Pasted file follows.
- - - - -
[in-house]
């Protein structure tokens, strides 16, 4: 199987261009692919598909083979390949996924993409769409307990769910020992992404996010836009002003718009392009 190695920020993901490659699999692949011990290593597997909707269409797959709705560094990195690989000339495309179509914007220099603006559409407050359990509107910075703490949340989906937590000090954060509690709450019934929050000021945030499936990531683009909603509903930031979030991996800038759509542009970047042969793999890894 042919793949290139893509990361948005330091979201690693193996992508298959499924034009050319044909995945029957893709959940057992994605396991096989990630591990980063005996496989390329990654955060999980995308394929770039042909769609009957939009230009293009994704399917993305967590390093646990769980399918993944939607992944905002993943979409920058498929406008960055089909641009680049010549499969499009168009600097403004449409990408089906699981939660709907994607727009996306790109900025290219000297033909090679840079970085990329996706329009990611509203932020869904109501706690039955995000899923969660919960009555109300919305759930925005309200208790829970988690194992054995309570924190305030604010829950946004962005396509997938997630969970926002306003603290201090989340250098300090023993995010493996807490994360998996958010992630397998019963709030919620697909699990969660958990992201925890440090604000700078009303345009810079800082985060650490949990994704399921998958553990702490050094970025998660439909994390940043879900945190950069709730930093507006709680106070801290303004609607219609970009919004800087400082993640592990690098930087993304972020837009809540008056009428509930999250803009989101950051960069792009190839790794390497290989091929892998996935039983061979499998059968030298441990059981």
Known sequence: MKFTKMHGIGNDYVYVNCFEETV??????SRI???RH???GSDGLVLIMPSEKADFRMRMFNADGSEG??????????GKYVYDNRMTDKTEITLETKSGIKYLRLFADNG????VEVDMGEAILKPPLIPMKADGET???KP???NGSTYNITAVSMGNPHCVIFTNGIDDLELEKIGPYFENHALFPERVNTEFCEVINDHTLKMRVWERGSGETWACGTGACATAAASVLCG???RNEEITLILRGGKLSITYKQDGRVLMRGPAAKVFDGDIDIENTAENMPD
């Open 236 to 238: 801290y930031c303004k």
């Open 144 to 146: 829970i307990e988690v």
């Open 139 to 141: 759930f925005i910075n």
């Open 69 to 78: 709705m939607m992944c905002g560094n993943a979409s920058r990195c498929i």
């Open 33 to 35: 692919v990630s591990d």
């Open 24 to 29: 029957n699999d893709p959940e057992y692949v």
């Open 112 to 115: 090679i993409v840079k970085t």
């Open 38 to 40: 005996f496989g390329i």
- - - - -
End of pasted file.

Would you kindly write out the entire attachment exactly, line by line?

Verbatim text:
[in-house]
């Protein structure tokens, strides 16, 4: 199987261009692919598909083979390949996924993409769409307990769910020992992404996010836009002003718009392009 190695920020993901490659699999692949011990290593597997909707269409797959709705560094990195690989000339495309179509914007220099603006559409407050359990509107910075703490949340989906937590000090954060509690709450019934929050000021945030499936990531683009909603509903930031979030991996800038759509542009970047042969793999890894 042919793949290139893509990361948005330091979201690693193996992508298959499924034009050319044909995945029957893709959940057992994605396991096989990630591990980063005996496989390329990654955060999980995308394929770039042909769609009957939009230009293009994704399917993305967590390093646990769980399918993944939607992944905002993943979409920058498929406008960055089909641009680049010549499969499009168009600097403004449409990408089906699981939660709907994607727009996306790109900025290219000297033909090679840079970085990329996706329009990611509203932020869904109501706690039955995000899923969660919960009555109300919305759930925005309200208790829970988690194992054995309570924190305030604010829950946004962005396509997938997630969970926002306003603290201090989340250098300090023993995010493996807490994360998996958010992630397998019963709030919620697909699990969660958990992201925890440090604000700078009303345009810079800082985060650490949990994704399921998958553990702490050094970025998660439909994390940043879900945190950069709730930093507006709680106070801290303004609607219609970009919004800087400082993640592990690098930087993304972020837009809540008056009428509930999250803009989101950051960069792009190839790794390497290989091929892998996935039983061979499998059968030298441990059981």
Known sequence: MKFTKMHGIGNDYVYVNCFEETV??????SRI???RH???GSDGLVLIMPSEKADFRMRMFNADGSEG??????????GKYVYDNRMTDKTEITLETKSGIKYLRLFADNG????VEVDMGEAILKPPLIPMKADGET???KP???NGSTYNITAVSMGNPHCVIFTNGIDDLELEKIGPYFENHALFPERVNTEFCEVINDHTLKMRVWERGSGETWACGTGACATAAASVLCG???RNEEITLILRGGKLSITYKQDGRVLMRGPAAKVFDGDIDIENTAENMPD
């Open 236 to 238: 801290y930031c303004k």
């Open 144 to 146: 829970i307990e988690v």
């Open 139 to 141: 759930f925005i910075n």
């Open 69 to 78: 709705m939607m992944c905002g560094n993943a979409s920058r990195c498929i």
């Open 33 to 35: 692919v990630s591990d």
């Open 24 to 29: 029957n699999d893709p959940e057992y692949v």
């Open 112 to 115: 090679i993409v840079k970085t």
């Open 38 to 40: 005996f496989g390329i």